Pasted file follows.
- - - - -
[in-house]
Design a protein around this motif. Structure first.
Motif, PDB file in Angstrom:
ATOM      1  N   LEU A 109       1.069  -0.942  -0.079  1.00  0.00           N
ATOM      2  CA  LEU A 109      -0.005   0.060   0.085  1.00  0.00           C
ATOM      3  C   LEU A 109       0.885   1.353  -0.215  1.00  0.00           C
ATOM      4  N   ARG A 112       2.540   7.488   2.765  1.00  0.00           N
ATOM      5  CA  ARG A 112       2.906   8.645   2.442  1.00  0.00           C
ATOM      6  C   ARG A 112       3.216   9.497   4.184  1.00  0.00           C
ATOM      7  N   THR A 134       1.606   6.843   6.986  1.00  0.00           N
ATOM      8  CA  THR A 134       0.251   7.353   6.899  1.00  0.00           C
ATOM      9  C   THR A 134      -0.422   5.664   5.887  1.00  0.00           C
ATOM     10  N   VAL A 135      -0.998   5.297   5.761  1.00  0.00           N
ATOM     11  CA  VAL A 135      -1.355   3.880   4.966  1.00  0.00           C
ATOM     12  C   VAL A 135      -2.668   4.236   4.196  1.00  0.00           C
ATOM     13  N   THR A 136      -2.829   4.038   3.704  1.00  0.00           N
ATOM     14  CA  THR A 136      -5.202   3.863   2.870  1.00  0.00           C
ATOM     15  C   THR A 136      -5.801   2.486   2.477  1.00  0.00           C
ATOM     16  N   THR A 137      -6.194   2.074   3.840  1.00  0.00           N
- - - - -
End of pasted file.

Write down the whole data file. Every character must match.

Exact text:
[in-house]
Design a protein around this motif. Structure first.
Motif, PDB file in Angstrom:
ATOM      1  N   LEU A 109       1.069  -0.942  -0.079  1.00  0.00           N
ATOM      2  CA  LEU A 109      -0.005   0.060   0.085  1.00  0.00           C
ATOM      3  C   LEU A 109       0.885   1.353  -0.215  1.00  0.00           C
ATOM      4  N   ARG A 112       2.540   7.488   2.765  1.00  0.00           N
ATOM      5  CA  ARG A 112       2.906   8.645   2.442  1.00  0.00           C
ATOM      6  C   ARG A 112       3.216   9.497   4.184  1.00  0.00           C
ATOM      7  N   THR A 134       1.606   6.843   6.986  1.00  0.00           N
ATOM      8  CA  THR A 134       0.251   7.353   6.899  1.00  0.00           C
ATOM      9  C   THR A 134      -0.422   5.664   5.887  1.00  0.00           C
ATOM     10  N   VAL A 135      -0.998   5.297   5.761  1.00  0.00           N
ATOM     11  CA  VAL A 135      -1.355   3.880   4.966  1.00  0.00           C
ATOM     12  C   VAL A 135      -2.668   4.236   4.196  1.00  0.00           C
ATOM     13  N   THR A 136      -2.829   4.038   3.704  1.00  0.00           N
ATOM     14  CA  THR A 136      -5.202   3.863   2.870  1.00  0.00           C
ATOM     15  C   THR A 136      -5.801   2.486   2.477  1.00  0.00           C
ATOM     16  N   THR A 137      -6.194   2.074   3.840  1.00  0.00           N